A father was reading Bible stories to his young son. ‘The man named Lot was warned to take his wife and flee out of the city, but his wife looked back and was turned into a pillar of salt.’
His son looked up, concerned. ‘What happened to the flea?’
Signs found outside churches….
* Free Trip to heaven. Details Inside!
* Searching for a new look? Have your faith lifted here!
* Dusty Bibles lead to Dirty Lives.
* Come work for the Lord. The work is hard, the hours are long and the pay is low. But the retirement benefits are out of this world.
Notices found in church newsletters – that didn’t quite come out right!
* Ladies are requested not to have children in the church kitchen.
* For those who have children and don’t know it, we have a crèche in the crypt.
* Bring & share church supper: Prayer and medication will follow.
* Don’t let worry kill you. Let the Church help!
* The organist invites anyone who enjoys sinning to volunteer for the choir.
* At the church meeting last week, the rector spoke briefly and delighted the audience.
* Remember in prayer the many who are sick both of our church and the community.
* Smile at someone who you find hard to love. Say ‘hell’ to someone who doesn’t much care about you.
My curate friend had to preach his first-ever Easter sermon, and was very nervous about it. However, he prepared hard, and when Easter day came, he strode into the pulpit and thundered through his sermon, only to crash at the closing line. He pounded the pulpit and shouted: “Yes…it is all true! Jesus rose…and then He died again! Hallelujah!”
Bishops lead churches’ call to take up Covid vaccine
Church of England Bishops have joined an NHS-backed campaign calling on congregations, communities and individuals to play their part in encouraging everyone who is offered a Covid-19 vaccine to take up the opportunity.
With concerns over misinformation and significant numbers indicating mistrust, including in some UK BAME communities, the bishops were speaking as part of a recently launched united churches campaign called Give Hope.
The Archbishop of York, together with the Bishops of Dover, Durham and Truro added their voices to a video which was launched on Sunday, together with members of other churches and groups.
It is hoped that faith communities will use their networks to share trustworthy information about vaccines, helping to bust myths and reassure those who have been offered a vaccine of the true levels of associated risk.
The Give Hope campaign is being run by YourNeighbour.org, a convening group working with Government, the NHS and faith communities in response to the challenges of ensuring a wide uptake of the vaccine. It encourages communities to
- Have a conversation,
- Offer information,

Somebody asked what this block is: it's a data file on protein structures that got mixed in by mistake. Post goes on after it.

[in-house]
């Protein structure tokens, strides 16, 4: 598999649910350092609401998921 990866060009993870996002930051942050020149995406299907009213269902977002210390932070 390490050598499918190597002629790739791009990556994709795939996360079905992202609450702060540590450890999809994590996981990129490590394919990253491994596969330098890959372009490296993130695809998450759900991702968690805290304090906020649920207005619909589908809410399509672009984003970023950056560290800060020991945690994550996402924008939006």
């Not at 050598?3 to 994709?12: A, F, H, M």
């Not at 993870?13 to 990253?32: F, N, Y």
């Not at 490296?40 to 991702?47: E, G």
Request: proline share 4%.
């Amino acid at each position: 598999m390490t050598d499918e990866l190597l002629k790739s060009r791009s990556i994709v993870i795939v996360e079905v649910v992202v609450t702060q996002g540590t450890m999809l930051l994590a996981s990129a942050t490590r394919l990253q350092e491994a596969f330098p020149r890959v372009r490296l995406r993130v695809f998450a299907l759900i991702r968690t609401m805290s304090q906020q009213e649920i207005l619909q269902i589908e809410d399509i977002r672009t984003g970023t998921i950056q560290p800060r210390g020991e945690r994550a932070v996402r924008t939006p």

- give Practical support and
- Engage through communication channels such as social media.
Resources are available to churches through
And for all chocoholics (definitely includes me!!)
Chocolate – food of the gods!
The botanical name for the cocoa bean is Theobroma – which means ‘food of the gods.’ Millions of us obviously agree – half a million tons of it are consumed in Britain each year alone.
Chocolate makes us feel better. The chemicals it contains trigger the release of endorphins similar to those we naturally produce when we fall in love.
But nutritionists warn against using chocolate as a pick-me-up, especially in the evening. Chocolate eaten before bedtime can cause blood glucose levels to plummet during the night, which will disrupt your sleep. Chocolate eaten in quantity every day can lead to mood and energy swings, weight gain and poor immunity. If you have mad cravings for it, you could have a problem with blood sugar, or a deficiency in magnesium, copper, zinc or iron.
But occasional consumption of cocoa can provide medical benefits. Chocolate containing 60 per cent or more cocoa solids is rich in essential trace elements and nutrients such as iron, calcium and potassium, and many vitamins. Cocoa is also the highest natural source of magnesium.
Good as all this may be – most of us enjoy chocolate simply because of its high sugar and caffeine content. Chocolate simply gives you an instant sugar hit, providing a sudden burst in energy, unfortunately followed by a slump and the desire for another sugar-fix.
PP News apr21
New bishop for the environment appointed by Archbishop of Canterbury
The Bishop of Norwich, Graham Usher, is to lead the Church of England’s Environment Programme with a charge to lead bold, deliberate, collaborative action across the Church to tackle the grave existential crises of climate change and biodiversity loss.
Bishop Graham will work with the Mission and Public Affairs department of the Church of England, continuing the commitment to net-zero carbon impacts across the Church of England by 2030 set by General Synod in February 2020.